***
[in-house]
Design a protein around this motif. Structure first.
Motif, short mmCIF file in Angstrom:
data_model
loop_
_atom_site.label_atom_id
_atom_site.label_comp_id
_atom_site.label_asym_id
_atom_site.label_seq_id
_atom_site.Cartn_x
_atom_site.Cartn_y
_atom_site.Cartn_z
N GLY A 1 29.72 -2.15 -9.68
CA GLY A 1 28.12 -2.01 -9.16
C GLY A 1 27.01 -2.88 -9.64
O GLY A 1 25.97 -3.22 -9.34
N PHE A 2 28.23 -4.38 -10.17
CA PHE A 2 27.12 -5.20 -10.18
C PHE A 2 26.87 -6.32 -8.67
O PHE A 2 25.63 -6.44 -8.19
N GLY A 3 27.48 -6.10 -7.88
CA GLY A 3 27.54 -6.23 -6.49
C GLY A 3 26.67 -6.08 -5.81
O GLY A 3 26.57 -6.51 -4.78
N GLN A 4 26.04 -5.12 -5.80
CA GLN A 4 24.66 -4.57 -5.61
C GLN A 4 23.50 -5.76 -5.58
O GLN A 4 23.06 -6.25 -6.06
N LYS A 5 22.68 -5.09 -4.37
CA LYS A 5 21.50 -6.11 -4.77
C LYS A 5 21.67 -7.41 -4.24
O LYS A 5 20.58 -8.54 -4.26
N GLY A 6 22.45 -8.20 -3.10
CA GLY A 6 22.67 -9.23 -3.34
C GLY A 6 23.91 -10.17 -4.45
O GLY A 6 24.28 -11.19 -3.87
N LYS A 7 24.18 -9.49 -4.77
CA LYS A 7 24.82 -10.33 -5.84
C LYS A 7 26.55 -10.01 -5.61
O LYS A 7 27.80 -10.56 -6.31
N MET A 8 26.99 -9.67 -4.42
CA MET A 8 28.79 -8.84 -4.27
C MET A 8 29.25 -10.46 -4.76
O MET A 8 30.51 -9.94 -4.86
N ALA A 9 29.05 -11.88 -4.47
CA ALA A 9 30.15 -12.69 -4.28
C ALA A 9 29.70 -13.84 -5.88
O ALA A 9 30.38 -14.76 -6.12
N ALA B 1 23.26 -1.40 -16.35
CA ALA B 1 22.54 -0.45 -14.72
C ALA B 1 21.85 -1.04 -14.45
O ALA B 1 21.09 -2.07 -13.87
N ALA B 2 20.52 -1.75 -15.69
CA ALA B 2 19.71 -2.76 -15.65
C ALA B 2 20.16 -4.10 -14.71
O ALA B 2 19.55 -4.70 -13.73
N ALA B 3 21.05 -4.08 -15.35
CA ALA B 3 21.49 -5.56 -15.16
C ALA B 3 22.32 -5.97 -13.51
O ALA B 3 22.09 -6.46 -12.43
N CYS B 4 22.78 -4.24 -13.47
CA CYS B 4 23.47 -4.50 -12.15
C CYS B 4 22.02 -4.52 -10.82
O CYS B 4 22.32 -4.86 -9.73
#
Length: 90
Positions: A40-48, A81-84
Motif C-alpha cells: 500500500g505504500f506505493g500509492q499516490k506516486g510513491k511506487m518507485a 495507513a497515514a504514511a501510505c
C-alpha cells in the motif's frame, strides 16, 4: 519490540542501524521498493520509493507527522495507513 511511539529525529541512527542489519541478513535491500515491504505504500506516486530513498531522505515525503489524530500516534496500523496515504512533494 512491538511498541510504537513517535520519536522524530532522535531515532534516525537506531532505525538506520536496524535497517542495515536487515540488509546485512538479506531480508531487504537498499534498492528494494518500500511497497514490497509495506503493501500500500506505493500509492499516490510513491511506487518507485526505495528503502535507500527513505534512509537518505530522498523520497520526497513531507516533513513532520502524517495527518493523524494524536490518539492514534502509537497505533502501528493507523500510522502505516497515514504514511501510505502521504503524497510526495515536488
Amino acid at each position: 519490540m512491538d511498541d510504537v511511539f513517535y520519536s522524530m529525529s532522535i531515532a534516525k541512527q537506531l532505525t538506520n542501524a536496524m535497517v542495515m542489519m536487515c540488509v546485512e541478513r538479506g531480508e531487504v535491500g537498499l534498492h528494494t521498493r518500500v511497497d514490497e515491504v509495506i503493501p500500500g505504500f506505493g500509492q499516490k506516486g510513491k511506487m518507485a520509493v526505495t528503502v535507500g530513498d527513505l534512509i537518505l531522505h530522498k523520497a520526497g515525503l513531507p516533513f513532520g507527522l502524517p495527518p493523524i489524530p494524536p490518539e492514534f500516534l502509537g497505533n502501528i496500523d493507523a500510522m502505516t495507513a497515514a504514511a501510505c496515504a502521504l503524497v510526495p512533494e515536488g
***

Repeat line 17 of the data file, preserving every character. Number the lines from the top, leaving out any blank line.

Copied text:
N PHE A 2 28.23 -4.38 -10.17